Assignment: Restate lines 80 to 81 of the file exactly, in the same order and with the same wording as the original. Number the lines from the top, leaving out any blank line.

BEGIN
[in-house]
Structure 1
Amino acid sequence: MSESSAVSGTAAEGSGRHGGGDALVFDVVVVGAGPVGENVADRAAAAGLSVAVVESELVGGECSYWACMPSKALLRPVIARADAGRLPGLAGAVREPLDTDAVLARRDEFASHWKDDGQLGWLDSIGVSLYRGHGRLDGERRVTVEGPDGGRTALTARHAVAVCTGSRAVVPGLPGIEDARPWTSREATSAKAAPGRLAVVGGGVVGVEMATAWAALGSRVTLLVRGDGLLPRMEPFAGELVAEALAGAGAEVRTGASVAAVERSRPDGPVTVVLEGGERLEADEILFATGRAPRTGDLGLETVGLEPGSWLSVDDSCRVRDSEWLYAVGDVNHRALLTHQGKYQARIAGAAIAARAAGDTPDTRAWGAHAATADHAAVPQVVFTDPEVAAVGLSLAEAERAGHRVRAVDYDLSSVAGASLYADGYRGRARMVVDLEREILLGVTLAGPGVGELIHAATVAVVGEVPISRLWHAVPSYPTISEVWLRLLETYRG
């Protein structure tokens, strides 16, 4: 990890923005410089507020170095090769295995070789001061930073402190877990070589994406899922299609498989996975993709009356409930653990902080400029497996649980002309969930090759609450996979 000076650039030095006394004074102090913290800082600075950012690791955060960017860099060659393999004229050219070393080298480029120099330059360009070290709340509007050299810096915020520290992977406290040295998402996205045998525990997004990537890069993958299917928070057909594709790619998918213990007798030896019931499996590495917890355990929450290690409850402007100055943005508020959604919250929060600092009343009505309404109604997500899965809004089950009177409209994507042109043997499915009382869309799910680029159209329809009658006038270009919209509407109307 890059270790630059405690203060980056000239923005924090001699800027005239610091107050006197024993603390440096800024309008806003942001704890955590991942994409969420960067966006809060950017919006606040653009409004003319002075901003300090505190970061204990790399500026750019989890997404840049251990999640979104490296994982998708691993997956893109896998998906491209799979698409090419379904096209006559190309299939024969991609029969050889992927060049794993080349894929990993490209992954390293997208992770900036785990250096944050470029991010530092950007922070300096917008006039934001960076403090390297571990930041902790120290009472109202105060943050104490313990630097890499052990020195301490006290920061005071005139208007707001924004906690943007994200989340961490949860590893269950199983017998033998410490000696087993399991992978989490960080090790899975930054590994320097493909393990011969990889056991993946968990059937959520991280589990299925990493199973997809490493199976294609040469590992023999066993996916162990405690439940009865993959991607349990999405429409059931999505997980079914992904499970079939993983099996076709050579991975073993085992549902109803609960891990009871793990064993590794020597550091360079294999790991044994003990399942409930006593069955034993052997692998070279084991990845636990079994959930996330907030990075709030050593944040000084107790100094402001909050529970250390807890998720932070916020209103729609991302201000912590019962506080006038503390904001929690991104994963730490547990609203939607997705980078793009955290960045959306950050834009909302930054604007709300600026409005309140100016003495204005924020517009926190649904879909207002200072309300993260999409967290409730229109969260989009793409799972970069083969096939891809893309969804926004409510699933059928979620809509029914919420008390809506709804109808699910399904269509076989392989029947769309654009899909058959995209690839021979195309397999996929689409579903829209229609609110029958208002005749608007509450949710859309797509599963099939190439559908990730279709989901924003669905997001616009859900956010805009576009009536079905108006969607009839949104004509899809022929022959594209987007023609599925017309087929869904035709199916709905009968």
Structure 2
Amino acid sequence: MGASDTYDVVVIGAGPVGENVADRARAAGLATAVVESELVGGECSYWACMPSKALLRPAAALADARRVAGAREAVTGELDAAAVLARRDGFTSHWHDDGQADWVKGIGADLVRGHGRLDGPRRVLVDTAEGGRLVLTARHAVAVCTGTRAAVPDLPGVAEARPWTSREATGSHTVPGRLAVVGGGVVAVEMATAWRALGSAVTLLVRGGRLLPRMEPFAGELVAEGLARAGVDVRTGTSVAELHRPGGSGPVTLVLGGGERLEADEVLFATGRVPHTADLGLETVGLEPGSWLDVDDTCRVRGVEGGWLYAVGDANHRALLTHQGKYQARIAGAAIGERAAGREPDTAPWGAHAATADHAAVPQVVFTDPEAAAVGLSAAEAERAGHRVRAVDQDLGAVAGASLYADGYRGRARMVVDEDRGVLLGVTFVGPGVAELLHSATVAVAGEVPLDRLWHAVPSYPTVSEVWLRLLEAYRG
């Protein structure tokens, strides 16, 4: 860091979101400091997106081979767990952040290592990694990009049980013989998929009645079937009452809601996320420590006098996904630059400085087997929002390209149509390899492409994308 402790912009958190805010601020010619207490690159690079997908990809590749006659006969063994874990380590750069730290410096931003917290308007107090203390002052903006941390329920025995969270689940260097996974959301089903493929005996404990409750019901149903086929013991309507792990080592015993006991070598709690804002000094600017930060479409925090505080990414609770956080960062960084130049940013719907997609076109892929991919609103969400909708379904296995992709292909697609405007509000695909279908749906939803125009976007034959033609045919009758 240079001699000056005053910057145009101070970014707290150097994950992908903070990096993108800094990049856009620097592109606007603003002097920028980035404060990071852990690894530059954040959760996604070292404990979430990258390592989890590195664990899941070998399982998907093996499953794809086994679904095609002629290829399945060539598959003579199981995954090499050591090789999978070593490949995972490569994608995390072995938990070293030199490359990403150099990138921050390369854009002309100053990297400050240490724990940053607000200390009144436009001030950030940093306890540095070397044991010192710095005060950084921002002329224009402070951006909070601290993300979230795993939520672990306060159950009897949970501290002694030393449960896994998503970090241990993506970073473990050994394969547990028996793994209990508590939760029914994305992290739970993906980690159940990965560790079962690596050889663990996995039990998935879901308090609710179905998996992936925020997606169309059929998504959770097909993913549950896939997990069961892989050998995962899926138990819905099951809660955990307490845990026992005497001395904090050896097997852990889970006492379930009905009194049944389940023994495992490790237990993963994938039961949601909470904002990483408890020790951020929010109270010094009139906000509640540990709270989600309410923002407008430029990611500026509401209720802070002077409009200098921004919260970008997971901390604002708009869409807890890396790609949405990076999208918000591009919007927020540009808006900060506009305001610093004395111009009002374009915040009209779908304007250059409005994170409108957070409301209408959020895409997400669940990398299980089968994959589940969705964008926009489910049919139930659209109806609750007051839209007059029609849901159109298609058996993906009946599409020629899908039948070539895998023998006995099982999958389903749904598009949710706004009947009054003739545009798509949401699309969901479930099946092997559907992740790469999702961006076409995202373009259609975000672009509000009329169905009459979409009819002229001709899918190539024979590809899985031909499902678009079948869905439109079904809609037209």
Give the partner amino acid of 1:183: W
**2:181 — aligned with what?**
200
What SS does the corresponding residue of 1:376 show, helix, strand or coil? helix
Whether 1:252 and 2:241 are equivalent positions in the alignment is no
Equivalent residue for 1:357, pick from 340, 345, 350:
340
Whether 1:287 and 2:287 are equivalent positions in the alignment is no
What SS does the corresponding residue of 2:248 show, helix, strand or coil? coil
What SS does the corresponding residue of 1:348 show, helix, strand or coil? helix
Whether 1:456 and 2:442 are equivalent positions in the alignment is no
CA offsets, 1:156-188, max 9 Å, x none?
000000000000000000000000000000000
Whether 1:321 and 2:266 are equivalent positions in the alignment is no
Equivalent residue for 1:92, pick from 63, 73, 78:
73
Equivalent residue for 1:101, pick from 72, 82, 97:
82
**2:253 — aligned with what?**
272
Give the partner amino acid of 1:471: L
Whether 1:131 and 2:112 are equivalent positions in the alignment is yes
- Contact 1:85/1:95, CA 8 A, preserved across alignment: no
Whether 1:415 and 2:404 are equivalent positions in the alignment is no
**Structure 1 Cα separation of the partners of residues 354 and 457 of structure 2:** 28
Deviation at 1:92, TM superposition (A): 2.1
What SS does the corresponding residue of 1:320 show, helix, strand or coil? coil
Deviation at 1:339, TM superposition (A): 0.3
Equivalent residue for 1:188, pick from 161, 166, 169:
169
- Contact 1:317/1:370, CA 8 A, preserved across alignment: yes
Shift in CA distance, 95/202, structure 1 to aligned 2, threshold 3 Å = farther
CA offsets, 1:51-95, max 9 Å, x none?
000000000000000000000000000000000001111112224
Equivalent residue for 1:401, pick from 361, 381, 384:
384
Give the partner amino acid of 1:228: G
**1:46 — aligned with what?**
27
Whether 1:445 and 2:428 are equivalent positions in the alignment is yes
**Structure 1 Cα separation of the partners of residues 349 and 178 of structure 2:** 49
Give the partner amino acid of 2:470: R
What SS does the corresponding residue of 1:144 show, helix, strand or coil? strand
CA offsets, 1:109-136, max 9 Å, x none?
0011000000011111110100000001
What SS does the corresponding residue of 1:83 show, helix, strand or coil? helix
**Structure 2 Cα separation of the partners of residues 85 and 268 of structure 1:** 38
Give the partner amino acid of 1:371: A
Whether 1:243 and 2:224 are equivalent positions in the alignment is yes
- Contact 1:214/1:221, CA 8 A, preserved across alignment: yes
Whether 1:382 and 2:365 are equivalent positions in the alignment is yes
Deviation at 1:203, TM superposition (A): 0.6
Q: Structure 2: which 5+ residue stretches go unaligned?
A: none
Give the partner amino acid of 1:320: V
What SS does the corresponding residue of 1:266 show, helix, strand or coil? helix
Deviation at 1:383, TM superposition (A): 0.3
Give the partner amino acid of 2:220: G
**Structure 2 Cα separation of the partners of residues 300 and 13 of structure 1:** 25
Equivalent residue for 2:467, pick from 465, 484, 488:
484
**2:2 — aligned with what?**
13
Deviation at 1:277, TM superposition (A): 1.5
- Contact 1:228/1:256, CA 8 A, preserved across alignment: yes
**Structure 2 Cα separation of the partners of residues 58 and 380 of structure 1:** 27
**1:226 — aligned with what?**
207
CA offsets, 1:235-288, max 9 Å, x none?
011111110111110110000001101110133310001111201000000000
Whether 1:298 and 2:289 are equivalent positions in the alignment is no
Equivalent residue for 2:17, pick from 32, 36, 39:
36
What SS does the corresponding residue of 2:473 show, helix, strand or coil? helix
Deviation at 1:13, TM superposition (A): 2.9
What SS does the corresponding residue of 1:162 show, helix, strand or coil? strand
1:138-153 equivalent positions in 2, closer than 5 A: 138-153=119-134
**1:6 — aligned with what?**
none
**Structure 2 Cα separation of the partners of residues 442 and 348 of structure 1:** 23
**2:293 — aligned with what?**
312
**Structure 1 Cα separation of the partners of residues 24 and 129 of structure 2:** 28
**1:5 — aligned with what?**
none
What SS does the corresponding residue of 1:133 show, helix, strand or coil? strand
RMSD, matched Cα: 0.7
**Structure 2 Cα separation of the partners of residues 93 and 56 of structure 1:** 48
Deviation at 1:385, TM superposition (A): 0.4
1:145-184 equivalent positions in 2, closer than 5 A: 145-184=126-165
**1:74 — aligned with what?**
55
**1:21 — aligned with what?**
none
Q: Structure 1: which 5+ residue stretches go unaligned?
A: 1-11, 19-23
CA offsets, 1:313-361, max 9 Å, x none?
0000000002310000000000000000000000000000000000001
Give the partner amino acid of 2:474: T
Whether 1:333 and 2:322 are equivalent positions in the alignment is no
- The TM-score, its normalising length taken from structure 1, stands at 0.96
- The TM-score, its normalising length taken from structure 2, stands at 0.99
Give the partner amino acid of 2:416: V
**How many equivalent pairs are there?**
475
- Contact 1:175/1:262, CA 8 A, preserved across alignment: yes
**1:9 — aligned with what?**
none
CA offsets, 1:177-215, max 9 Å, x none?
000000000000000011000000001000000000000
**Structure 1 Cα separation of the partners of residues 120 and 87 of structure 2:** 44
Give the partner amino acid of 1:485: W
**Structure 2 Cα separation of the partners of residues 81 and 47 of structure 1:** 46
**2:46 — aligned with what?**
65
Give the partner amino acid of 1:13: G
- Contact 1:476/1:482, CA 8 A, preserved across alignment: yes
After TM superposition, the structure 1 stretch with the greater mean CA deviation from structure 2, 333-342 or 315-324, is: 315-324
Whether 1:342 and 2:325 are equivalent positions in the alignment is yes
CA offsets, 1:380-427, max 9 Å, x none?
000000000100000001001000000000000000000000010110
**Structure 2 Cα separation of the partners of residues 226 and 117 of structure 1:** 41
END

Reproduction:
36
What SS does the corresponding residue of 2:473 show, helix, strand or coil? helix